Luckily for us, our friends at Autoworld have had an early drive in the CX-3 in Melbourne, Australia and shared with us their findings on Mazda’s smallest crossover SUV.
PERFORMANCE AND DRIVE
The CX-3 will feature a line-up of two engines, one petrol and the other disel. The petrol engined offering will boast the familiar 2.0-litre four-cylinder SkyActiv-G unit that’s also available in the Mazda3, Mazda6, and the CX-3’s larger sibling, the CX-5. Whereas the diesel variant of the CX-3 will sport the 1.5-litre SkyActiv-D.
Combined with its light 1,195kg kerb weight, the claimed century sprint time is expected to be spritely.
The smart money says that when the CX-3 does arrive in Malaysia, only the front-wheel-drive 2.0-litre petrol model will be made available - at least initially. Australian buyers, on the other hand, also have the option of selecting an all-wheel-drive model.
Autoworld’s YS Khong says the CX-3 he got behind the wheel of in Aussie-land (a FWD 2.0-litre model) felt good to drive and has plenty of overtaking power while the 6-speed automatic transmission is as smooth as other Mazda models fitted with the same powertrain, which is to say “seamless”. The CX-3 stayed flat through the corners with minimal body roll, too.
It doesn’t take a lot to effort to realize how good looking the CX-3 is and Autoworld agrees that buyers will surely be swayed into a purchase based squarely on its looks alone. It does look unconventional, but in a way that is aesthetically pleasing.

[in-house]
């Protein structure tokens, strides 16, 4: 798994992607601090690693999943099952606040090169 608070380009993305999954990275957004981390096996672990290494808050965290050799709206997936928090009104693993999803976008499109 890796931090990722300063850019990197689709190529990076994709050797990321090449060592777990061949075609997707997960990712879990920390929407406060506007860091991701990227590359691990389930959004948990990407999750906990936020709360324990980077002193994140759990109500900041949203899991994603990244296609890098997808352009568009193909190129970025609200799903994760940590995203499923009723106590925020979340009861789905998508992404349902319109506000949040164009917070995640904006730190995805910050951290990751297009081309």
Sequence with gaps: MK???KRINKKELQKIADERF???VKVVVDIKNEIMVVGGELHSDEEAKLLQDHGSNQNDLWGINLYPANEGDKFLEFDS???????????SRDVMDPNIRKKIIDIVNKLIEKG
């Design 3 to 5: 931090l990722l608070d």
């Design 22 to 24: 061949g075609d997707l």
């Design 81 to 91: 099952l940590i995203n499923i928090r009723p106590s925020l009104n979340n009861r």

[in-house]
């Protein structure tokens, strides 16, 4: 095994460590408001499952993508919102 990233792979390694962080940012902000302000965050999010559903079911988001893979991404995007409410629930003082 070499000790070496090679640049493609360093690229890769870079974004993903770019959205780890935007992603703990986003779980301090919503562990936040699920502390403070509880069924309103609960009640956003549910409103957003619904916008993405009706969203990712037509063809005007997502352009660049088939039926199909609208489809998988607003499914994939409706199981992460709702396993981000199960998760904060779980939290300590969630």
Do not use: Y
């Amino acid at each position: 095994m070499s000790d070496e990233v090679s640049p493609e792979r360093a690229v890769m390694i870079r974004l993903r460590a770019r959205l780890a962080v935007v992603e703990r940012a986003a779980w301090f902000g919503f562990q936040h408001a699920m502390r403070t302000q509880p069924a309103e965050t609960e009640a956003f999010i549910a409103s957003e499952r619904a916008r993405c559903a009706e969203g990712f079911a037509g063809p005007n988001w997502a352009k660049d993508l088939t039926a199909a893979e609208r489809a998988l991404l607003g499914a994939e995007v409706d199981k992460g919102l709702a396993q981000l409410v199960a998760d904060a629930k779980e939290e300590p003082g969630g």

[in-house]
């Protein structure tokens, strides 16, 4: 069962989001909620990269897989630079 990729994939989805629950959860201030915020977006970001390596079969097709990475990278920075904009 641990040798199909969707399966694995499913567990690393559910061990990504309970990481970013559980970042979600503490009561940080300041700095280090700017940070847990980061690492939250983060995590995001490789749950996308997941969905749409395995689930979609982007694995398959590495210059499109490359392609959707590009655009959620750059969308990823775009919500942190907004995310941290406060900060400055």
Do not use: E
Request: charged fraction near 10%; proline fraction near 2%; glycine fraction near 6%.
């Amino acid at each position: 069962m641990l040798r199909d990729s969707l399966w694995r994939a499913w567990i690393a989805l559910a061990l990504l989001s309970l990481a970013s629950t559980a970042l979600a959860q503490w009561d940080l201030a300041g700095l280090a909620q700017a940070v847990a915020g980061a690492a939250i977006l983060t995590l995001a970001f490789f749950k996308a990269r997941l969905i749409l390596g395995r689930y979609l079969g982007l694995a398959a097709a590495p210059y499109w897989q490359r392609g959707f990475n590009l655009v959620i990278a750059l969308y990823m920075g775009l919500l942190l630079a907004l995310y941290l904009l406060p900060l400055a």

'Unconventional' may not be the most inaccurate word. Perhaps, the reference point to 'conventional' here is how its competitors just don’t look as good overall next to the CX-3, especially while its wearing those 18-inch wheels (which should make it onto the Malaysian spec car too).
There are character lines in the right places, kinks in the right spots, and dips where there should be – all adhering Mazda’s KODO design language, of course.
Stepping inside, the interior is a medley of leather upholstery, soft touch plastic and hard plastic too. Don't worry, the hard stuff is placed in areas where you’ll likely not want to go poking too much around.
There are components that are taken from other cars in the Mazda stable, though, such as air conditioner controls from the Mazda3 and an instrument cluster from the Mazda2. These are marginal negatives as we’ve little to complain about other Mazda interiors of this generation.
Like its compatriots, the CX-3 is also outfitted with the central 7-inch display of the MZD Connect infotainment system, which is controllable from a knob behind the gear lever.
Mazda’s SKYACTIV generation of engines have been good performers when it comes to sipping fuel, and during Autoworld’s drive the CX-3 averaged between 6.5 to 7.5 litres/100km. An impressive figure even considering the car was kept within local speed limits and the wide open roads of the Australian countryside.
A word that Autoworld keeps coming back to in reference to the Mazda CX-3 is “interesting” or "unconventional". Alas, those are words that we wished were used for many other cars out there.
On most of all the right metrics, the CX-3 is a worthy contender indeed: it handles admirably, has a willing engine paired with a composed ride and smotth transmission, is good looking, and is even pretty economical to boot. So the question posed to the buyer considering this alongside its rivals is, how much does “interesting” matter?
Here's the full review over at Autoworld.com.my